I must have only dabbled with the original DayZ for a few hours. The concept was great but the game itself always felt a little awkward – probably because it’s a mod built on the Arma 2 engine, which itself always felt a little ropey. When Bohemia snapped up Dean Hall and news broke that there was to be DayZ Standalone, it sparked a renewed interest. With its solid fanbase and an improved engine, it may just turn out to a well-deserved hit.
DayZ Standalone is finally here in a rough alpha form and it’s been a long time coming, although I’m surprised it’s taken so long for the game to finally make early access. Let’s get one thing straight. It’s currently rougher than a tramp’s scrotum and even creator Dean Hall encourages you not to buy it right now.
When I fired up the game I found myself on the coast, alone and under-geared, so my first goal was to hunt down some supplies – basically, anything that would fend off zombies and (of course) other players. Heading to what I assumed was north (I really had no idea) I arrived at a small village which looked pretty deserted.
There was nothing particularly notable in the first few buildings I explored, but when I ventured to the second floor of a house I was greeted by another player who was spurting blood everywhere. There was that awkward DayZ moment where you just stand like a statue and stare uncertainly at the other person to ascertain whether they are friend or foe. Everyone in DayZ is potentially a foe and it’s something that makes me feel rather uncomfortable.
I raised my hands and waved like a loon to indicate I had no interest in panning his head in with a weapon I didn’t actually own yet. Thankfully, this was enough to avoid confrontation. Breathing a sigh of relief I watched from an upstairs window as the chap made his way into the street, still spurting blood everywhere. It was clear he needed help.
Another player joined the bleeding man so I thought the humanitarian thing to do would be to join them and see if there was something I could do to at least stem the flow of blood. Stupidly, I didn’t have my mic plugged in, so through the wonders of the chat window I announced I was new and basically had sod all that could help, not even rags. I decided that perhaps with some searching I could find something to bandage the guy up.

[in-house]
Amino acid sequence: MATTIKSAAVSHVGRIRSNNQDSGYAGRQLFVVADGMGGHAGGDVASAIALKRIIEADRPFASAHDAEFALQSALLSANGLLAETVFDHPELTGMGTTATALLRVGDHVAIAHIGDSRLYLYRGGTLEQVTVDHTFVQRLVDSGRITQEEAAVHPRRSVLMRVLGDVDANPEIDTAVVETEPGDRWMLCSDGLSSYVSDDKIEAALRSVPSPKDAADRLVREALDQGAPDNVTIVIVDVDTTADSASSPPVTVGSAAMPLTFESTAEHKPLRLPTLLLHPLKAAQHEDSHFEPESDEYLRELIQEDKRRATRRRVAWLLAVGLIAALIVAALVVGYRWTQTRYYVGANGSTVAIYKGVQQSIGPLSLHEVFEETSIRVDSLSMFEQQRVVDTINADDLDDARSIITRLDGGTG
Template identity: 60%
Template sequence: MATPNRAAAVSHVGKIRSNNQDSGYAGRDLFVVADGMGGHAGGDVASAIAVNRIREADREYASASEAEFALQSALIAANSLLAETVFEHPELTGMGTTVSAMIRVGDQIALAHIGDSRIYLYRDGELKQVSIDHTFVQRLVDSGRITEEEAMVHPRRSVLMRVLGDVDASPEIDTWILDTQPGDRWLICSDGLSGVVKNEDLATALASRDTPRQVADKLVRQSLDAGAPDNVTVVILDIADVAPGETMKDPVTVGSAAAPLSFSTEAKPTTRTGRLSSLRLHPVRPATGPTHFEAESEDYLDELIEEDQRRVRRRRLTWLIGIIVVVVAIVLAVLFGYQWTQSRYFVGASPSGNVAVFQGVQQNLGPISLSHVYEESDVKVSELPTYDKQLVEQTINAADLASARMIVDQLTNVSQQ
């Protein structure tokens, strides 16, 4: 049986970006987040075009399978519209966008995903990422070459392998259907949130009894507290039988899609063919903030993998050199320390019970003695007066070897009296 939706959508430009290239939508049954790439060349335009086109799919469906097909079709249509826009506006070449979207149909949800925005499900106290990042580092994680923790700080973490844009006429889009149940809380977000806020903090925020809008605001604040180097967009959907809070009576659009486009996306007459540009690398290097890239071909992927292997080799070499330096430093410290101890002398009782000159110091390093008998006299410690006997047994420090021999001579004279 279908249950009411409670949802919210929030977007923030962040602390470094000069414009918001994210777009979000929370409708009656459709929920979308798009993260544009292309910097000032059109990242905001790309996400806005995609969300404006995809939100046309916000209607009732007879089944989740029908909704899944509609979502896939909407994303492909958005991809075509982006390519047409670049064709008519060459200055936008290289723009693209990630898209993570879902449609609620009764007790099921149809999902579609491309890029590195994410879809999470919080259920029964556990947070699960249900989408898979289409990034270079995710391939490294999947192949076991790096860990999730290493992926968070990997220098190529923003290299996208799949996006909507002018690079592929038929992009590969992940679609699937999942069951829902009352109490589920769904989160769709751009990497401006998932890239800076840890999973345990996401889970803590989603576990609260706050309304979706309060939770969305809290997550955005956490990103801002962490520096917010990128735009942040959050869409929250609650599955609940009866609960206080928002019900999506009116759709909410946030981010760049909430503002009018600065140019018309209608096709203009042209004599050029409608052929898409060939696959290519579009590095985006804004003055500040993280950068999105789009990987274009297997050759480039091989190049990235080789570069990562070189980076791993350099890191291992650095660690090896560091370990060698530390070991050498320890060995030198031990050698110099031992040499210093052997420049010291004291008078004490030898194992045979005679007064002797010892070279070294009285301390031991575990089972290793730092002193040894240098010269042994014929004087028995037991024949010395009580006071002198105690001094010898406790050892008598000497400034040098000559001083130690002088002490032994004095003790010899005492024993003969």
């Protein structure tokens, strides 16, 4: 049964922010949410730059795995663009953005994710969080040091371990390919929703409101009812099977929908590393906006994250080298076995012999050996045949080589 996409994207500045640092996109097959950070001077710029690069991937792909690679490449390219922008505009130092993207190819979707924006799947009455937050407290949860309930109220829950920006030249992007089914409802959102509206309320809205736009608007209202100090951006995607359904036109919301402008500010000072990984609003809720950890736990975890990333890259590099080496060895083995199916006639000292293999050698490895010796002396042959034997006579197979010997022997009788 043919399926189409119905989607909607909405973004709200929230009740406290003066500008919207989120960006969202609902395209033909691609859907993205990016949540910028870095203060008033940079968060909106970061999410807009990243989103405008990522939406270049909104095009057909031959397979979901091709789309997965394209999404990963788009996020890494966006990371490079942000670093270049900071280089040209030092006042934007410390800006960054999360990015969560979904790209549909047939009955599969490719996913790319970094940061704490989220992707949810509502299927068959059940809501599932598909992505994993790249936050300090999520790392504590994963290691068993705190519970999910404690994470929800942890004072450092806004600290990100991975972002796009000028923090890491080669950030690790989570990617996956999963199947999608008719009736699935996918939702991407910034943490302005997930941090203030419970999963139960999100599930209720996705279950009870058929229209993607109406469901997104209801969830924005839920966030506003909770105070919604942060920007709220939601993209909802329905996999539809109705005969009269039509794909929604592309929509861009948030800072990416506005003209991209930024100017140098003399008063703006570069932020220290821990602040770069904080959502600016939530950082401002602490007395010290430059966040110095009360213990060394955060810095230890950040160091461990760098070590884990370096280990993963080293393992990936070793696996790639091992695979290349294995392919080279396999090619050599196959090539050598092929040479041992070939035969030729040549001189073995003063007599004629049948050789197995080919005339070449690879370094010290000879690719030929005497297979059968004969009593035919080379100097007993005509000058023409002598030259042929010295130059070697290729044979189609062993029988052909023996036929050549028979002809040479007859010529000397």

A couple of house searches in I opened a door to be greeted by a hideous zombie hag who pursued me into the street at quite a pace. I was joined by the bleeding guy and we both piled into the zombie as she awkwardly lunged at the pair of us. After a few rounds of what can best be described as clumsy punching, she went down. The problem was I had now been hit so were both bleeding all over the place.
Fighting in DayZ is currently quite cumbersome – you can avoid being hit by strafing around the target but it’s awkward at best; even doing that I managed to acquire what would turn out to be a fatal wound. Okay, it was so early in the game that dying wasn’t a big issue, but I had failed to save a fellow player. Should I feel guilty about that? I’m not sure.
Respawning is simple enough but you do lose everything (which, in my case, was nothing) when you die. The joys of playing a survival game!
I got back on my feet with a new character. This time, things got off to a much better start as I quickly scavenged up a nice motorcycle helmet, a shovel, a backpack and an axe. Inventory space is limited to four slots when you start so you really need to find gear that will allow you to carry more before you can start playing inventory Tetris properly.
Respawning placed me pretty close to what looked like a bunch of abandoned low-rise apartments and it seemed a logical place to find stuff. More buildings equals more stuff, right? Well, probably, but even after watching eight episodes of The Walking Dead earlier in the day, my survival brain didn’t compute the fact that more buildings probably equals more zombies – and possibly some right bastards that would love to steal my gear.